When it comes to writing about our own lives, sometimes just deciding the parameters of a story can seem so nebulous and confusing, terrifying even, that we may back-burner the idea for a while, or step away from it altogether, or write the story from such a guarded distance that the benefits of sharing it are lost (and the piece ends up deep-sixed). If you’ve spent your career primarily interviewing and writing about other people, it can be unsettling at first to shift the spotlight to yourself. But these days, with the world in upheaval, we all have stories to share, and editors are clamoring for fresh voices and a unique spin on topics, old and new.
Significant experiences stick with us long afterwards, compelling us to reflect upon them in greater depth, relive the thoughts and emotions we felt at the time, process what we’ve learned from the events, and acknowledge how we may have changed as a result of them. When writing personal stories, it’s easy to become bogged down in extraneous information and supporting characters. It’s the writer’s job to distill the event down to an engaging yet manageable read, thereby allowing its deeper meaning to emerge as the story plays out.
If Uncle Biff or Aunt Mimi played a small but important part in your story, it may be tempting to give more detail about these wonderful people and the positive impact they’ve had on your life. Resist the temptation! The impulse to over-include is natural, so culling is critical. Be vigilant as you edit, deleting all non-essential and self-indulgent passages. Relatable threads can readily become tangled or lost amid a web of superfluous details. You want to engage your readers in the linear drama of the situation rather than overload them with details. Paring down often yields a cleaner, more powerful narrative.
When writing personal, I imagine a majestic, deep-rooted tree, bare branches reaching skyward. My story is hidden in the roots, and it’s my job to send it surging up through the trunk. I can branch off into supporting material, when necessary, as long as I promptly return to the trunk, or heart of my tale. By the time I reach the tree top, if I’ve skillfully crafted my piece, I’ll have an emotionally honest story that readers can relate to and, perhaps, learn from.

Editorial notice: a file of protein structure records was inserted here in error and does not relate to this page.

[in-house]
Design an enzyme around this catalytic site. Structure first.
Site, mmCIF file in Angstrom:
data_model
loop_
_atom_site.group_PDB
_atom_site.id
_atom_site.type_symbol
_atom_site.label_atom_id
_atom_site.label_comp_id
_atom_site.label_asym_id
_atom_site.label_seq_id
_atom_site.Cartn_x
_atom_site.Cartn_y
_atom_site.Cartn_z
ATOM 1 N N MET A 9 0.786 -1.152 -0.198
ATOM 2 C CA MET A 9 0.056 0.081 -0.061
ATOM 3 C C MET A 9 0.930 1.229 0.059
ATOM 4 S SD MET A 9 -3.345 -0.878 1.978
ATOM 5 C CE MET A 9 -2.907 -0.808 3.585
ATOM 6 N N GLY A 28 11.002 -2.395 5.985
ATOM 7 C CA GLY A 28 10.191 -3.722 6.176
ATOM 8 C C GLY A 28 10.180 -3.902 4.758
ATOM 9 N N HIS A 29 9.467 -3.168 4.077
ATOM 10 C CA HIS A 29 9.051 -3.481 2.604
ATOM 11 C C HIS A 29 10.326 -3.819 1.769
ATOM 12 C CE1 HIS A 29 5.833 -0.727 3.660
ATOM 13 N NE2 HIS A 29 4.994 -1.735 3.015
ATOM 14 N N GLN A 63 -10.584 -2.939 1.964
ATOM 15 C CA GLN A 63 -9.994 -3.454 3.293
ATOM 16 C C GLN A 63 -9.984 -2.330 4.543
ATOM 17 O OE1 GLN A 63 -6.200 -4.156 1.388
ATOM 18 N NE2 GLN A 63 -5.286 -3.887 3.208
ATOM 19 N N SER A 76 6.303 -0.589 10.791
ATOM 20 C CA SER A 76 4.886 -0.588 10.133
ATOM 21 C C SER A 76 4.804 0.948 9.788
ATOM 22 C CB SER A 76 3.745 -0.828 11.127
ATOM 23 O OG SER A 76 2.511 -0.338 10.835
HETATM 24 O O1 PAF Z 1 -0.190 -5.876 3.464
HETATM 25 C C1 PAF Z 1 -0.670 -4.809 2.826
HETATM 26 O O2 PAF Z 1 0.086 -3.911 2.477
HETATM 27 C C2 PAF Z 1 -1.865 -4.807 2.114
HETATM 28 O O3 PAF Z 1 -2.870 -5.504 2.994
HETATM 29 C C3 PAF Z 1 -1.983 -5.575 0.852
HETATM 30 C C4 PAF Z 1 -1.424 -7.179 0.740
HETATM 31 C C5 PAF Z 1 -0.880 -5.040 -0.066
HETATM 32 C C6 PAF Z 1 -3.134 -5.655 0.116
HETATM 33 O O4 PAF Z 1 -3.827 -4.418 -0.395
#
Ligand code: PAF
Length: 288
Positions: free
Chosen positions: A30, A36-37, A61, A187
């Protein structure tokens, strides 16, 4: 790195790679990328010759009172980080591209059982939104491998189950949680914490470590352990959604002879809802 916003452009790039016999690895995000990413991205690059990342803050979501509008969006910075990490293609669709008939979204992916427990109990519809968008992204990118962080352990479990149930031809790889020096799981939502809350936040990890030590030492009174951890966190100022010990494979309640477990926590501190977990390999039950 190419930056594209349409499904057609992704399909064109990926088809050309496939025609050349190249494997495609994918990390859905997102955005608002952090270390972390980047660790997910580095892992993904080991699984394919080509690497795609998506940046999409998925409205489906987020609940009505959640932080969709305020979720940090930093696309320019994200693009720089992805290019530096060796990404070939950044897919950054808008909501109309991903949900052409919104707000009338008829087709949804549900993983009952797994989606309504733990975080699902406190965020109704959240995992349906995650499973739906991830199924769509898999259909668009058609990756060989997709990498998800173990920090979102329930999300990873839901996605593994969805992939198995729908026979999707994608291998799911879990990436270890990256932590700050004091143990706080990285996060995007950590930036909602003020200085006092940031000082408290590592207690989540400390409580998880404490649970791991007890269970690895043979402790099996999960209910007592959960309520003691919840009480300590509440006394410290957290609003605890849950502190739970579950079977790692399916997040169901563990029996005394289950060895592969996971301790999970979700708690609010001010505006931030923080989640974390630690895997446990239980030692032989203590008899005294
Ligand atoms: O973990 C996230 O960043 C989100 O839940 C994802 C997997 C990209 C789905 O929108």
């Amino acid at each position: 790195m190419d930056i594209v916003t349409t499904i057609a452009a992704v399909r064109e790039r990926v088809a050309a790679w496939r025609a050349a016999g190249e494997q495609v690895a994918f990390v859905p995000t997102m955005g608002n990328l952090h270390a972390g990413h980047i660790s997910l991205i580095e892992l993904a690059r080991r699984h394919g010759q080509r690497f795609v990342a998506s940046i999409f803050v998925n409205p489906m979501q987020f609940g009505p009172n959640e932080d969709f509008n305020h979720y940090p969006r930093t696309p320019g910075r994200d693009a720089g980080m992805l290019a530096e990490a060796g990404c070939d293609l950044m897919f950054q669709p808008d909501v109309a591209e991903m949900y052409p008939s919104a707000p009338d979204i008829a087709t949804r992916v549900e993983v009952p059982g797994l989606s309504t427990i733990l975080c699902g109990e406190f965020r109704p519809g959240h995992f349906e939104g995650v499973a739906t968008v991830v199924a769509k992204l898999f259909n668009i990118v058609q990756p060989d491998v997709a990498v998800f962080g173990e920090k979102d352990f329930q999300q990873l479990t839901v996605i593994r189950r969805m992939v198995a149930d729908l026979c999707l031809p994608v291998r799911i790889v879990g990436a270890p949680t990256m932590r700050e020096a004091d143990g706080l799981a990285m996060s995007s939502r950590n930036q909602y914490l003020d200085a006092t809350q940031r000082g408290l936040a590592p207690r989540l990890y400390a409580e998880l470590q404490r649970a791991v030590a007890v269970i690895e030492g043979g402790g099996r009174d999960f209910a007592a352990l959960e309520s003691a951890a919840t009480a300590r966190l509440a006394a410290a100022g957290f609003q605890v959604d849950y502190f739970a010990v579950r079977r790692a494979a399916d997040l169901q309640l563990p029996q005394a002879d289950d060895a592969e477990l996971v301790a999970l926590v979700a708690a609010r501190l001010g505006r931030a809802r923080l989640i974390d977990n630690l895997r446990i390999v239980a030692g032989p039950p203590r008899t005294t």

Personal pieces can be long, short, and everything in between, depending on the complexity of the story and the market for which you’re writing. Years ago, post-divorce, I lightened my emotional load, and beefed up my wallet, by writing lengthy, anonymous confessionals. By sharing my mercurial emotions through well-crafted stories, I came to understand myself and my situation far better. That feeling has held true for every personal piece I’ve written since. Ultimately, I always hope that other people will find my stories as therapeutic in the reading as I’ve found them in the writing.
On the shorter side, if you’ve got a great personal anecdote to share, consider writing it up as a filler. Conveyed quickly and concisely with punch, fillers are challenging and fun because every last word must propel the story forward, adding to its value. Just for fun, try visualizing your anecdote in cartoon format. Block the event into three or four panels and, then, write one sentence per panel. If that’s too barebones to do your story justice, give yourself another two or three sentences per panel. The cartoon strip approach is a great way to practice thinking and writing ‘short ‘n sweet.’
Aim to infuse your personal piece, regardless of length, with the details and emotions that made the incident stand out in your mind in the first place. Resist the temptation to clutter your story with too much extraneous information, and keep your ego in check. Stories that smack of me, me, me are off-putting to readers. A successful personal experience piece is inclusive. It offers readers the chance to step into your life, share one of your most significant, life-altering experiences, and walk away inspired.
Wendy Hobday Haugh’s short stories, articles, and poetry have appeared in dozens of national and regional publications, including Woman’s World Weekly, WritersWeekly.com. and Simply Saratoga. Her personal stories have appeared in 15 different Chicken Soup for the Soul anthologies. To learn more, visit WendyHobdayHaugh.com.
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